Subject: Sound Article: The Elusive Decibel (fwd)

Mike Williamson (
Thu, 3 Sep 1998 11:28:44 -0400 (EDT)

---------- Forwarded message ----------
Date: Thu, 3 Sep 1998 09:01:57 -0300
From: "David M.F. Chapman" <>
Reply-To: Marine Mammals Research and Conservation Discussion
Subject: Recent Article: The Elusive Decibel

Hello from Nova  Scotia, Canada

MARMAM subscribers may be interested to learn of a recent 3-page Technical
Note by David M.F. Chapman and Dale D. Ellis, entitled "The Elusive
Decibel: Thoughts on Sonars and Marine Mammals", published in Canadian
Acoustics 26(2) 29-31 (June, 1998).  There is no abstract, but the
introductory paragraph reads...

"A few years ago, there was considerable controversy over the effects of a
proposed global acoustic experiment designed to measure the temperature of
the world's oceans . The focus of concern was the possible effect of the
acoustic signals on whales and other marine life. There is continued
interest in the effects of underwater sound on marine animals, according to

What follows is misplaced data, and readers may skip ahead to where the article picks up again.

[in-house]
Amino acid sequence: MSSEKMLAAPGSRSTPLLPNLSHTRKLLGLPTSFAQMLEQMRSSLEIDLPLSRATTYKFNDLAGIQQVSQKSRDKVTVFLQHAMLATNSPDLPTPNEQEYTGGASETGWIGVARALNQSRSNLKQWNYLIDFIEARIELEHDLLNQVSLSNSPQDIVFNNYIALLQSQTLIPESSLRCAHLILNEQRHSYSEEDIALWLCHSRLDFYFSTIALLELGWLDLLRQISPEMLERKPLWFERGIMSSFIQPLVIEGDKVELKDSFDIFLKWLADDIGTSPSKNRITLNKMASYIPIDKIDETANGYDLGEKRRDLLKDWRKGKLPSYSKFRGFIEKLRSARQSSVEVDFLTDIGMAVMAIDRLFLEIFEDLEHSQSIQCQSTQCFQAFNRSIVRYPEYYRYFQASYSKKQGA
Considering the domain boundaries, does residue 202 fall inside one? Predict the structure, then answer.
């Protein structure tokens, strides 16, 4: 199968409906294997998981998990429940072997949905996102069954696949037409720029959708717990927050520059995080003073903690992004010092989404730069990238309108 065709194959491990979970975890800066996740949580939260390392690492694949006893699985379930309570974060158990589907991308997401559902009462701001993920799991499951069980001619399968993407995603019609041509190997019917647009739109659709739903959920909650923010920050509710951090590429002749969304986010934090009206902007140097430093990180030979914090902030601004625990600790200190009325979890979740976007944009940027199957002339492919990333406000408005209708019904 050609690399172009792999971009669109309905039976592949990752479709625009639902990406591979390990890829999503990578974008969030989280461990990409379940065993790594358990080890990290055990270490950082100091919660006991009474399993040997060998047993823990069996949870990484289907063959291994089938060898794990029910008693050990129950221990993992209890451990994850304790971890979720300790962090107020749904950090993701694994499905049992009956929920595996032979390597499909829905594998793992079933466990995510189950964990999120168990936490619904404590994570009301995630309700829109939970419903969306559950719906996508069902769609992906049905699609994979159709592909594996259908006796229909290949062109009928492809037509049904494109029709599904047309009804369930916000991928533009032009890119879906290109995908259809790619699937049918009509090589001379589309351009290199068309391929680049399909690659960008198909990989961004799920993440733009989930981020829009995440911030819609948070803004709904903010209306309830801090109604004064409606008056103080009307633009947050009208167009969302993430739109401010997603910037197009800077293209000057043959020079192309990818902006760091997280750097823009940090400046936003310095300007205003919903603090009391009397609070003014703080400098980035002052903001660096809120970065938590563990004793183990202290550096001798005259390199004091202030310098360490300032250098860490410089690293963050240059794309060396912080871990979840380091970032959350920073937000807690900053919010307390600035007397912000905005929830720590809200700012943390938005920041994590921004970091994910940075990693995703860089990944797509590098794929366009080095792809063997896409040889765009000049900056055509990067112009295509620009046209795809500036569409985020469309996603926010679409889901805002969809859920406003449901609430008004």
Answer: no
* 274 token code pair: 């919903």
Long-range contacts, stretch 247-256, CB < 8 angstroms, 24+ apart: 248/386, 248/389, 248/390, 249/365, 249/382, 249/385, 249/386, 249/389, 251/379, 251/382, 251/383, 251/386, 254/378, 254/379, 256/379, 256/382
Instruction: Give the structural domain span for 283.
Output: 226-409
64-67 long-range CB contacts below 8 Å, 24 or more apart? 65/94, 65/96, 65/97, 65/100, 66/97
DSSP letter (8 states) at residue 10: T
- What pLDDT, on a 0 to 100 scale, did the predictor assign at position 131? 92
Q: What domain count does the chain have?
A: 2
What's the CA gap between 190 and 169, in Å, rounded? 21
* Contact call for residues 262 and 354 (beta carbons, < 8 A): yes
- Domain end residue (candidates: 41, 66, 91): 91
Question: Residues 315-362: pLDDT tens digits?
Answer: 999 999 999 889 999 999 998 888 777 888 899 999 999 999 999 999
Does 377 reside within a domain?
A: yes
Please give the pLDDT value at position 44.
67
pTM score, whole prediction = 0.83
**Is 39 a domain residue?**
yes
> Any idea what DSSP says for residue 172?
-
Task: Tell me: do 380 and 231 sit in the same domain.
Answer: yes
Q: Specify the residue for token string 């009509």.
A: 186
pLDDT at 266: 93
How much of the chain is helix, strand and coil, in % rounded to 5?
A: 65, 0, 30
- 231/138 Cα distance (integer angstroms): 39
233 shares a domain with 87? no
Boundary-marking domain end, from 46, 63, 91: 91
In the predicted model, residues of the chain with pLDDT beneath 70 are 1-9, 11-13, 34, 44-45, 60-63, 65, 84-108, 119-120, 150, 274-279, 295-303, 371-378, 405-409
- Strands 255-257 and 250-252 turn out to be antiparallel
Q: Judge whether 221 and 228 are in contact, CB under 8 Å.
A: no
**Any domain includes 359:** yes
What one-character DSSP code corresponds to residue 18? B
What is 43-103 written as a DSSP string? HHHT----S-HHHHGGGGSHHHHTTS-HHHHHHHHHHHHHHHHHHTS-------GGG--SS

a recent news item in The Economist  based on related scientific
correspondence in Nature . The thesis is that loud signals from
experimental sonars harm marine mammals, or at least harass them enough to
unacceptably alter their behaviour patterns. In the various discussions of
this important issue that can be found in the press and on the internet,
one often sees questionable comparisons being made, such as the acoustic
output of a naval sonar being compared with the noise from a jet aircraft.
Some misunderstandings between professionals in different fields can be
traced to the multiple uses of the term "decibel". Acoustical terms can be
confusing, even for experts. It is not at all surprising that
well-intentioned articles sometimes fail to present situations clearly. By
definition, the decibel is a relative unit, not an absolute unit with a
physical dimension; unless the standard of comparison is cited, the term
"decibel" is to all intents and purposes useless. The confusion is not
helped by the use of the decibel to specify distinctly different physical
quantities, or the same physical quantity with different reference levels.
Some reporters-and even some scientists-are getting their "apple" decibels
mixed up with their "orange" decibels, as it were."

Those with no access to Canadian Acoustics may request a copy from the
authors by writing to

David M.F. Chapman
Defence Research Establishment Atlantic
PO Box 1012
Dartmouth, Nova Scotia
Canada B2Y 3Z7

or  by sending email to

Please specify your preference for a paper reprint or an electronic version
in .pdf format readable using Adobe Acrobat.


Dave Chapman
DREA (902) 426-3100  x 228